Decision narrows on LNG terminal site

  • 2013-06-12
  • From wire reports

RIGA - European Parliament member Kriajanis Karins (Latvia’s Unity party) says that he does not understand why Latvian Economy Minister Daniels Pavluts is “doing nothing to help Estonia win the bid” for the construction of a regional liquefied natural gas (LNG) terminal in its territory, instead of in Finland, reports LETA.
According to Karins, having the LNG constructed in Estonia, instead of in Finland, is much more favorable for Latvia, as this terminal would be geographically closer. He said that Pavluts is “sitting with his hands in his lap” and doing nothing to help achieve a solution that is in Latvia’s interests.

“I am infuriated that our economy minister is doing nothing to support the project in Estonia,” Karins said.
Seeing that the final decision will be made by the European Commission, Latvia has the capability of influencing the final decision and help Estonia win the bid to construct the LNG terminal. “But our government representatives are doing nothing and are not supporting the LNG terminal to be constructed in Estonia, which is clearly also in our interests,” the European parliament member added.

Booz & Company, a consulting firm hired by the European Commission for the assessment of the best location for construction of the Baltic region’s liquefied natural gas terminal after the Baltics were not able to agree amongst themselves, says in its final report that building the terminal in Estonia would achieve a number of advantages, adding that building the terminal in Finland would have similar advantages.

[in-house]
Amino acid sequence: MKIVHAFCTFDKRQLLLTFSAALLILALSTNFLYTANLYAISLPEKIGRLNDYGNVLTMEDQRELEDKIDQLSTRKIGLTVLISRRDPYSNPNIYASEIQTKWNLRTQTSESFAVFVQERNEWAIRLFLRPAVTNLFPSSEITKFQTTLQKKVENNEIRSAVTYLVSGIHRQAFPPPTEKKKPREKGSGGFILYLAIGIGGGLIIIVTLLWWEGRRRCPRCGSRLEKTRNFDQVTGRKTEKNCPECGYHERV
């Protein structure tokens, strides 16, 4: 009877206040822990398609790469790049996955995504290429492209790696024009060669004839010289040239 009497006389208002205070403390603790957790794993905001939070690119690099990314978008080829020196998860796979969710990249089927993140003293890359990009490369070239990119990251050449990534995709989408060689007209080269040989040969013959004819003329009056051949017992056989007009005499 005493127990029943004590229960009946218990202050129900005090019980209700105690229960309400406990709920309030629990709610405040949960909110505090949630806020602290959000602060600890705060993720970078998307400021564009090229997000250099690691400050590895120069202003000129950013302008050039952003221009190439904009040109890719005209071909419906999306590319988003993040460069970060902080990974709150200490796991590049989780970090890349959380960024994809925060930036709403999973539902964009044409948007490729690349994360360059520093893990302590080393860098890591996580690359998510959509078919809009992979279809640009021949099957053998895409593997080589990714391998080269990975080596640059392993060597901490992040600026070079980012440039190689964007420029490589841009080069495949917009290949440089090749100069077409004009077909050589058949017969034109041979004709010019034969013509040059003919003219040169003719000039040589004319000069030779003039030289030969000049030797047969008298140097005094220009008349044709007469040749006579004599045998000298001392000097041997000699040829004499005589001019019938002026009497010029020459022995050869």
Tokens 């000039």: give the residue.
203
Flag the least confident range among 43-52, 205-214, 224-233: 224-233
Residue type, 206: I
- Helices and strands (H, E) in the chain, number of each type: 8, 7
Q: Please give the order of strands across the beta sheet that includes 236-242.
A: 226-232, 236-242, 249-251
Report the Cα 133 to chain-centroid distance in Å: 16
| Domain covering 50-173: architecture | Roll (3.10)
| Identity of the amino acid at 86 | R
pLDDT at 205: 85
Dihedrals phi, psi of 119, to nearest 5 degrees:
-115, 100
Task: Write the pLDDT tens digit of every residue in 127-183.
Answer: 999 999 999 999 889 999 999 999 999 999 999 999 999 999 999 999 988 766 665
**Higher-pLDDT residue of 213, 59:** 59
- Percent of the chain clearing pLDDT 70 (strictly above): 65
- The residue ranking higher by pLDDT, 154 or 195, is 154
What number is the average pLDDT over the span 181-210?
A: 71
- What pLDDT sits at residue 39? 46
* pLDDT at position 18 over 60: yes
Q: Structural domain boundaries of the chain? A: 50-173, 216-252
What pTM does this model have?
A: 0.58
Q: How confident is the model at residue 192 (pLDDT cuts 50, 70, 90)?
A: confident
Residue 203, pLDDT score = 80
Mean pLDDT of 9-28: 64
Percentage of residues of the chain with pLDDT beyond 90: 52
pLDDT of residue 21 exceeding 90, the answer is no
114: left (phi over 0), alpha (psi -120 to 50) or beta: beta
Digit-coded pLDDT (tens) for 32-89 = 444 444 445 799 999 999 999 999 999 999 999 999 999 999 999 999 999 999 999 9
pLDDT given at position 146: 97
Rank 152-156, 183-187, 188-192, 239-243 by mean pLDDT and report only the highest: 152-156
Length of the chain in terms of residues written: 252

Lithuania is constructing a smaller liquefied natural gas terminal in its territory.
European Energy Commissioner Gunther Oettinger’s cabinet chief Michael Hager, who attended an electric supply reliability conference of Elering on June 3, said that he is one hundred percent certain that the LNG terminal will be built by the Gulf of Finland, but it is difficult to decide whether it would be built on the northern (Finland) or southern (Estonia) shore of the gulf, reports Public Broadcasting.

Since Estonia and Finland didn’t manage to reach an agreement on the location of the LNG terminal, the decision is now up to the European Commission. Hager said that it is too soon to tell which of the three proposed projects, Paldiski or Muuga in Estonia or Inkoo in Finland has the most of potential.
“We received the letter from the two governments which asks us to make a decision. We have to find the most suitable, transparent and effective way. We haven’t yet decided how to do it, but we have to do it,” he said.
“Naturally, we would have expected a clear solution, but we see in other member states too that when the stage of real projects is reached, it is hard to reach an agreement.”

He said that the project needs progress as fast as possible but did not reveal a specific date when the European Commission could make its decision.